Saturday, 22 September 2018

Myasthenia Gravis

I’m betting you’ve never heard of it? Which is not surprising as it is officially a “rare disease”, affecting only 15 people in 100,000 in the UK every year.

Funnily enough I first heard about it back in the 1980s even though I didn’t know much about it but not so funny is the fact that I contracted it myself a few weeks ago.

Yes shit happens!

Myasthenia gravis (MG) is an autoimmune condition. The antibodies your body produces that normally fight infections end up attacking the communications system between your brain and your muscle movements. This results in muscle weakness, muscle fatigue and generally making you feel weak. 

It predominantly affects the face and neck causing issues with the eyes, chewing and swallowing and speech, causing slurring and making it difficult to understand the sufferer, all of which I currently have. There is no cure although it can be largely controlled with medication in most people and there are a number of different treatments available.

So why I am going public? Well it’s not for sympathy or because I’m feeling sorry for myself but certainly in the short term if you bump into me or call me you may well wonder if I’ve just knocked back a couple of bottles of Gin! Yes, my speech can get that bad, even Grainne struggles to understand me at times and she’s used to my inane ramblings.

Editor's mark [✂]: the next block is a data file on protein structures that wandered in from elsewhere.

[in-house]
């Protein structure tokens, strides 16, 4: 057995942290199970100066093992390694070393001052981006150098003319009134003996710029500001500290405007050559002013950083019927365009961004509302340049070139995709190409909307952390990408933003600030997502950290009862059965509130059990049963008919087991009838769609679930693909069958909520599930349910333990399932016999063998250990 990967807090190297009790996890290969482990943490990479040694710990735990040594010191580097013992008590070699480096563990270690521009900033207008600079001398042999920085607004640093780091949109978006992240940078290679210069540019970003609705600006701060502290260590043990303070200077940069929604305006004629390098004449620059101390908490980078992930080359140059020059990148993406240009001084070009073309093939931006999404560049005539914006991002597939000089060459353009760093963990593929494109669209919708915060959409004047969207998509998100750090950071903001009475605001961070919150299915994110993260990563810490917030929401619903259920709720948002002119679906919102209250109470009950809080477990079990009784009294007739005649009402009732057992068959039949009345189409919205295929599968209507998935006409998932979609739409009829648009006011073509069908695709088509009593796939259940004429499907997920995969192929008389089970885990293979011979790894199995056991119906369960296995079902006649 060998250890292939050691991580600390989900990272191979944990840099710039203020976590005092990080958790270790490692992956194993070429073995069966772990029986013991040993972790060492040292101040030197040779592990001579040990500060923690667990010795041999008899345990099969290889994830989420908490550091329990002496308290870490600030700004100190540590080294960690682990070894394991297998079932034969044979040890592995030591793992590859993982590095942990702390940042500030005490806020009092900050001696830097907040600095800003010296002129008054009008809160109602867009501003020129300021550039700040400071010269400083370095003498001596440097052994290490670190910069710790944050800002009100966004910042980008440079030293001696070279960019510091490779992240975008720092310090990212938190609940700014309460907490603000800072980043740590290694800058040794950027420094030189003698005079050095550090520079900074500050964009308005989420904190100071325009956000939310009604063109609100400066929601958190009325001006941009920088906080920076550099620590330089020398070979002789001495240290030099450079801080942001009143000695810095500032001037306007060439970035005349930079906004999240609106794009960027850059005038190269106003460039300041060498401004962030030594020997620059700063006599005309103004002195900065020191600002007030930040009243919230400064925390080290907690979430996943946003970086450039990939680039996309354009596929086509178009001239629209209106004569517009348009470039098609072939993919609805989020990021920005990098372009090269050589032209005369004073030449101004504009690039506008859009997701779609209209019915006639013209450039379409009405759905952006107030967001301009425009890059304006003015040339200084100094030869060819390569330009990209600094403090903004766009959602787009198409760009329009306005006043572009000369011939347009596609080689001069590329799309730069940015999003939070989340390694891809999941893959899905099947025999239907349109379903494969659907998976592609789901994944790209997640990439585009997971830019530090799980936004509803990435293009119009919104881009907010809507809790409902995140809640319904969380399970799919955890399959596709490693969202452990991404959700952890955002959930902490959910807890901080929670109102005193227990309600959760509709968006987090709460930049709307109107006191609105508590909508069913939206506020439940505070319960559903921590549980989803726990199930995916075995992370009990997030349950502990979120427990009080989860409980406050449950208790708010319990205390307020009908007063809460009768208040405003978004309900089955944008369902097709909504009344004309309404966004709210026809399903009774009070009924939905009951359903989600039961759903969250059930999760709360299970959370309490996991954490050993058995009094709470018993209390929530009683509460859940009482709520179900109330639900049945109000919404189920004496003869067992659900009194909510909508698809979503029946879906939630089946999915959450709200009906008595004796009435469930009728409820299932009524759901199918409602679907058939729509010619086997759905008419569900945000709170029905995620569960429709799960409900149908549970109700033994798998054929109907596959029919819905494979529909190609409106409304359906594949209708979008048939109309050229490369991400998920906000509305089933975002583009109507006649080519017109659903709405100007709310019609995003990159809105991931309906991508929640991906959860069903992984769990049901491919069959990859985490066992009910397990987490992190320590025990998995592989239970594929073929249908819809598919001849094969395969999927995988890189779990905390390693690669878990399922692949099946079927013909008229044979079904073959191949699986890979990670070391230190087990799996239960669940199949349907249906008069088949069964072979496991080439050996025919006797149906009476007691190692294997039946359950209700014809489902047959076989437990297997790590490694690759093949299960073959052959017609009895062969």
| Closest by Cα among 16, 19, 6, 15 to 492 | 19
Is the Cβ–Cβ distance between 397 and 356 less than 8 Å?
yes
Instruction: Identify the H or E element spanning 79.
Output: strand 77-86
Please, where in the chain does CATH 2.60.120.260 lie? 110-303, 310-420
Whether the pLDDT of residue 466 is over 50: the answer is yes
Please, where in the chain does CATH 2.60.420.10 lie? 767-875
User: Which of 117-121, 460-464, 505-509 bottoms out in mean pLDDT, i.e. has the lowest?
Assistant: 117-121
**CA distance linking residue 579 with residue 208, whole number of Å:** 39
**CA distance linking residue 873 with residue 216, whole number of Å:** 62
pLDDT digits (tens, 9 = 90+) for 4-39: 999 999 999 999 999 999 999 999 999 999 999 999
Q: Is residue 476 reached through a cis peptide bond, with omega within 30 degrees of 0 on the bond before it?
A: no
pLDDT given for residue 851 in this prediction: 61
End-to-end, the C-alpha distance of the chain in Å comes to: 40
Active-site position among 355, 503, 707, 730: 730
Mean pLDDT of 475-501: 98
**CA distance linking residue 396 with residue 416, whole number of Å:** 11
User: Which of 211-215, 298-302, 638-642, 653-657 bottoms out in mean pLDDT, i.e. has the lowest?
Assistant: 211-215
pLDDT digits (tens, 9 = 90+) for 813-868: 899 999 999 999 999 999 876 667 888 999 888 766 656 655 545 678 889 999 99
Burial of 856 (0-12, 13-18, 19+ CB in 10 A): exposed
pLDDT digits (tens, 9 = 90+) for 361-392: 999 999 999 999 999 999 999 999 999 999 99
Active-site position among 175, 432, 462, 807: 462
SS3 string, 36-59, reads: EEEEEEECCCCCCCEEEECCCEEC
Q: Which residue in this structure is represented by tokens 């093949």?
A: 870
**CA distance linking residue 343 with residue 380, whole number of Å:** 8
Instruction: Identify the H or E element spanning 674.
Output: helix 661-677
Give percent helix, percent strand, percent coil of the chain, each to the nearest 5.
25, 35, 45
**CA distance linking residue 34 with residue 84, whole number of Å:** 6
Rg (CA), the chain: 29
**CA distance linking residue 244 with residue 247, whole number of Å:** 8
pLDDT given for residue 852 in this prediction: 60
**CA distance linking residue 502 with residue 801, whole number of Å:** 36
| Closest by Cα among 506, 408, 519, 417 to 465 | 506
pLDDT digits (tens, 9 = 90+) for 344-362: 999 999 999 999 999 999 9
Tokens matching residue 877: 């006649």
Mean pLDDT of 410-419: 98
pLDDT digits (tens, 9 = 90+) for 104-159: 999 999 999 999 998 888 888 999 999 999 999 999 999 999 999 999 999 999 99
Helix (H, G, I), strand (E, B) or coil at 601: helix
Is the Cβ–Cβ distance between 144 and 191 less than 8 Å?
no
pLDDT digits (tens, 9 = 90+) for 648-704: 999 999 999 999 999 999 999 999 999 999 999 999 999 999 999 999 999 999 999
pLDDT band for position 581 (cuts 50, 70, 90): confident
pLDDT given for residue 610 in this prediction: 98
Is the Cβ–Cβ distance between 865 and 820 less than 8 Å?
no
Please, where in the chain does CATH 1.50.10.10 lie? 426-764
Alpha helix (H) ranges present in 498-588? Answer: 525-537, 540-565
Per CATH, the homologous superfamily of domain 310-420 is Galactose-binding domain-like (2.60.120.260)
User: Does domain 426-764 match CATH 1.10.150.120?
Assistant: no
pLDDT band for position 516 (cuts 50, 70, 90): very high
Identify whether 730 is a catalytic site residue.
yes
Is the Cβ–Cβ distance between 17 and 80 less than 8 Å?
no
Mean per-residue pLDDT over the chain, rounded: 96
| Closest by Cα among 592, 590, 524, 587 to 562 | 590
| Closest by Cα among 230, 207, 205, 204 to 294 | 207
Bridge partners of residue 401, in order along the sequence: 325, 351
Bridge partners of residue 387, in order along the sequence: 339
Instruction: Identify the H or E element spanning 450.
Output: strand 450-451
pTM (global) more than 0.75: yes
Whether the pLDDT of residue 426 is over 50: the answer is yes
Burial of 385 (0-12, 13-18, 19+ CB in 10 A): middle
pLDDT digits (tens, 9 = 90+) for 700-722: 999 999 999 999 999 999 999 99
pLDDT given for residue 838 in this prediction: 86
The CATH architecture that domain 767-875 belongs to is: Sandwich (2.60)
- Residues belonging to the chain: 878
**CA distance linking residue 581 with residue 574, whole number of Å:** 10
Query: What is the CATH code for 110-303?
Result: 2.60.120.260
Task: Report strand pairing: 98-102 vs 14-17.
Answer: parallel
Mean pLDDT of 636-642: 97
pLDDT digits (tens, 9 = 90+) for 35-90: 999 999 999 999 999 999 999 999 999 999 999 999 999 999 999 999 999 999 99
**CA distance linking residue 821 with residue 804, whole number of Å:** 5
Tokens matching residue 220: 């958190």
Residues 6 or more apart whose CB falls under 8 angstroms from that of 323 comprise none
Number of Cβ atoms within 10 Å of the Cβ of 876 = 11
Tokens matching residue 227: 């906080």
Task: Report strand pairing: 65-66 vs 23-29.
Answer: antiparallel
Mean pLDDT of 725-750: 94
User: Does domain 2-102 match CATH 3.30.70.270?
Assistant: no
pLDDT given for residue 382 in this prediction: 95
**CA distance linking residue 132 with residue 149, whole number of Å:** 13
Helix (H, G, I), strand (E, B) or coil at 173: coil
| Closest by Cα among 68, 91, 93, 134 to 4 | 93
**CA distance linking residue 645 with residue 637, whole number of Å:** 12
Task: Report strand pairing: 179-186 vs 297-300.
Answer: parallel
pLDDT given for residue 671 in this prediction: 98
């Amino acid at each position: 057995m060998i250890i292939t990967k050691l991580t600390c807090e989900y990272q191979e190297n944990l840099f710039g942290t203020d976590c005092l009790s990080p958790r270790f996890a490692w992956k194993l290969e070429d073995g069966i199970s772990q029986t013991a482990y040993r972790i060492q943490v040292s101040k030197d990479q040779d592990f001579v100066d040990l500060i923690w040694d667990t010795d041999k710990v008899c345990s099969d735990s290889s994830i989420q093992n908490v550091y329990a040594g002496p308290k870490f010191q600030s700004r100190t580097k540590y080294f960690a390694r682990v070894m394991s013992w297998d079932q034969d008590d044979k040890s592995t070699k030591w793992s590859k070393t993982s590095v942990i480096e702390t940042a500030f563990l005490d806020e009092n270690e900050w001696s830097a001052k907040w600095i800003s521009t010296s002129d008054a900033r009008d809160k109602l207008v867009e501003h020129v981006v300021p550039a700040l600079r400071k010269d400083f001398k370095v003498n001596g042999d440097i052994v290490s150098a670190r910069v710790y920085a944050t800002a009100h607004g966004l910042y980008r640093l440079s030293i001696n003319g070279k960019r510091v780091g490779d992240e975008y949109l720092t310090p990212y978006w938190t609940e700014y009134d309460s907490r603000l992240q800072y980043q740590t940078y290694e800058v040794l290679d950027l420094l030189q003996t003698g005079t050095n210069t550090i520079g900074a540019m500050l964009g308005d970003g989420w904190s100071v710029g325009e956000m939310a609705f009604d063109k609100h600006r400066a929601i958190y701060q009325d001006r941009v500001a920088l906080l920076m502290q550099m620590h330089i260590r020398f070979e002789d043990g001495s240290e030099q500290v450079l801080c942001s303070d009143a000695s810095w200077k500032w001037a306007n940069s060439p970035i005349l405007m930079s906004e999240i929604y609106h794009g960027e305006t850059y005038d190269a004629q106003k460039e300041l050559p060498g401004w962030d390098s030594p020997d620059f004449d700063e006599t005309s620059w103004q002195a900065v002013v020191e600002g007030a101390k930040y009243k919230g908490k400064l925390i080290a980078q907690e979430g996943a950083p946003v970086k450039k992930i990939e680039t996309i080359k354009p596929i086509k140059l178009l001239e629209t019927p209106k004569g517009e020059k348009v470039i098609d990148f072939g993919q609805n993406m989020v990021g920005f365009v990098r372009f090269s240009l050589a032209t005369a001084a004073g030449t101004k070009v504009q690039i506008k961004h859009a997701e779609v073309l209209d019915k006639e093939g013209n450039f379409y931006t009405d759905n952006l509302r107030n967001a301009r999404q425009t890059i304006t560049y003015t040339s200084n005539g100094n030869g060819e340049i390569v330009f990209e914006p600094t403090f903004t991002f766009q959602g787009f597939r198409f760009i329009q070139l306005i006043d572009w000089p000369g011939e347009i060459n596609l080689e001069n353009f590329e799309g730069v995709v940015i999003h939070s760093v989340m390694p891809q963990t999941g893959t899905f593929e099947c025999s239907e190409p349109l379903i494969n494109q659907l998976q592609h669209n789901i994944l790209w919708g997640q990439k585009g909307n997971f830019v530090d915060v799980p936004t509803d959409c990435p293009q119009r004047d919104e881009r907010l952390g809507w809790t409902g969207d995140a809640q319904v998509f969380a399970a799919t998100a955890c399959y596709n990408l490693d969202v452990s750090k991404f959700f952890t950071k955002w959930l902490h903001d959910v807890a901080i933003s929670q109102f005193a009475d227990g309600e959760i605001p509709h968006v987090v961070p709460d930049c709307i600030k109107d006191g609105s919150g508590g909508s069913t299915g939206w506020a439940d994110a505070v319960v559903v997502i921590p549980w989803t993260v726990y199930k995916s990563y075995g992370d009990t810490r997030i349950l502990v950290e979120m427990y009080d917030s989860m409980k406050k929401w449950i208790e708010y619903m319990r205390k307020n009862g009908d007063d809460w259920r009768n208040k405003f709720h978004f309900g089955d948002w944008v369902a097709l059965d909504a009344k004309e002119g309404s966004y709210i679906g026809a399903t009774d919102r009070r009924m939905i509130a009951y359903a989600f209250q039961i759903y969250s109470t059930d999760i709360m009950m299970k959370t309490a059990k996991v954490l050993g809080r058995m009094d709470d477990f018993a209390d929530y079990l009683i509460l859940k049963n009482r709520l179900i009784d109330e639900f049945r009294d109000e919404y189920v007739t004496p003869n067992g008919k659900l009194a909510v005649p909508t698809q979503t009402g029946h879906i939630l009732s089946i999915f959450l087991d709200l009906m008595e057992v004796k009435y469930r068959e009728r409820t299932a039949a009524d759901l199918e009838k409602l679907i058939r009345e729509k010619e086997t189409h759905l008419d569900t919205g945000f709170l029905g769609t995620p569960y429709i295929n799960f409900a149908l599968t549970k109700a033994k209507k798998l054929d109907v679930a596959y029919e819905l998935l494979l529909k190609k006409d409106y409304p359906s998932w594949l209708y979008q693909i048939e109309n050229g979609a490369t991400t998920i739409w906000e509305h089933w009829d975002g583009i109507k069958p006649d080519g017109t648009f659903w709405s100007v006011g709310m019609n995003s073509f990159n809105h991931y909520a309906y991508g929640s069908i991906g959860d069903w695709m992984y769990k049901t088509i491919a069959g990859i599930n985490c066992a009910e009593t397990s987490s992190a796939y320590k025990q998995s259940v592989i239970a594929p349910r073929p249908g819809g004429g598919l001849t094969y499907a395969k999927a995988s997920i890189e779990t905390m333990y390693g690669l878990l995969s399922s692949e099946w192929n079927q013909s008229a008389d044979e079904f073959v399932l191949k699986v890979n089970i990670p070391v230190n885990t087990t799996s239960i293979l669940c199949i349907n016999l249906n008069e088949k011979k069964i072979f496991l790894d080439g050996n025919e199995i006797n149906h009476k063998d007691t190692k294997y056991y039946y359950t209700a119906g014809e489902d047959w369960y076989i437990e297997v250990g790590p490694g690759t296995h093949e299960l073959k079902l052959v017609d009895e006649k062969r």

And to be honest I have nothing to hide, I’ll end up telling most of you in person at some time and this saves me a whole lot of (potentially slurred) explanation 

Often the first signs of myasthenia are with the eyes, these include droopy eyelids (known as ptosis) which was the first sign in me although it has only affected one eye. I have problems eating and as mentioned with my speech. I’m also suffering weakness of the neck muscles and general fatigue. I start off OK in the morning but progressively tire throughout the day as the other symptoms worsen too.

Having noticed the first symptoms just over three weeks ago, I went to my GP who first checked I wasn’t having a stroke, which of course I wasn’t but was then unable to explain my symptoms and put it down to a viral infection. 

Four days later I was feeling so unwell I went to the Urgent Care Centre at Milton Keynes Hospital. After doing the usual checks for a stroke again, the GP I saw there was equally mystified and called in a colleague. She also had no idea so a call was made to the main hospital. The first Doctor spoke to a ITU consultant who told them to send me straight over to him where he was currently working at the AECU (Ambulatory Emergency Care Unit).

A load of tests followed, including an ECG and loads of blood being taken and the Consultant then tried a test by putting ice on my eye, which in 15 minutes had reversed the ptosis (sadly only temporarily) so he pronounced that he thought it was Myasthenia (cue getting the phone out and googling it)! 

I then got sent for a Chest X Ray as there is an even rarer form of Myasthenia, Lambert-Eaton Myasthenic Syndrome that can be caused by Lung Cancer but thankfully my X Ray came up clear.